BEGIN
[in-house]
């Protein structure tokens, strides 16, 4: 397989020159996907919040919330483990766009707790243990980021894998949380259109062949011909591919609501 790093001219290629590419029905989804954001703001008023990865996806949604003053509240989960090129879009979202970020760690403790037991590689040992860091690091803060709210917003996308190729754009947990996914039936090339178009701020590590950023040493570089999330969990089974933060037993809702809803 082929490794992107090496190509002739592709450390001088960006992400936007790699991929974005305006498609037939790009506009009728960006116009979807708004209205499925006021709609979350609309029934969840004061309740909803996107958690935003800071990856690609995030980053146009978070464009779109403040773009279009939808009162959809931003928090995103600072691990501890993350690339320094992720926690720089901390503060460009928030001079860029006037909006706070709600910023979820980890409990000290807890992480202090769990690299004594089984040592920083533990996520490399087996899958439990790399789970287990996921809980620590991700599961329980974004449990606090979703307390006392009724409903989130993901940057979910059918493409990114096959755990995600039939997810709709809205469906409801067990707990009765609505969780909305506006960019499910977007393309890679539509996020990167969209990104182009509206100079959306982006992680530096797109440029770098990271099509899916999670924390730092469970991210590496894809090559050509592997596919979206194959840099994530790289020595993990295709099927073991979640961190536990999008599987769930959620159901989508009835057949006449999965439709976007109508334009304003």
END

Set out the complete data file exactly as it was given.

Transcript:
[in-house]
């Protein structure tokens, strides 16, 4: 397989020159996907919040919330483990766009707790243990980021894998949380259109062949011909591919609501 790093001219290629590419029905989804954001703001008023990865996806949604003053509240989960090129879009979202970020760690403790037991590689040992860091690091803060709210917003996308190729754009947990996914039936090339178009701020590590950023040493570089999330969990089974933060037993809702809803 082929490794992107090496190509002739592709450390001088960006992400936007790699991929974005305006498609037939790009506009009728960006116009979807708004209205499925006021709609979350609309029934969840004061309740909803996107958690935003800071990856690609995030980053146009978070464009779109403040773009279009939808009162959809931003928090995103600072691990501890993350690339320094992720926690720089901390503060460009928030001079860029006037909006706070709600910023979820980890409990000290807890992480202090769990690299004594089984040592920083533990996520490399087996899958439990790399789970287990996921809980620590991700599961329980974004449990606090979703307390006392009724409903989130993901940057979910059918493409990114096959755990995600039939997810709709809205469906409801067990707990009765609505969780909305506006960019499910977007393309890679539509996020990167969209990104182009509206100079959306982006992680530096797109440029770098990271099509899916999670924390730092469970991210590496894809090559050509592997596919979206194959840099994530790289020595993990295709099927073991979640961190536990999008599987769930959620159901989508009835057949006449999965439709976007109508334009304003």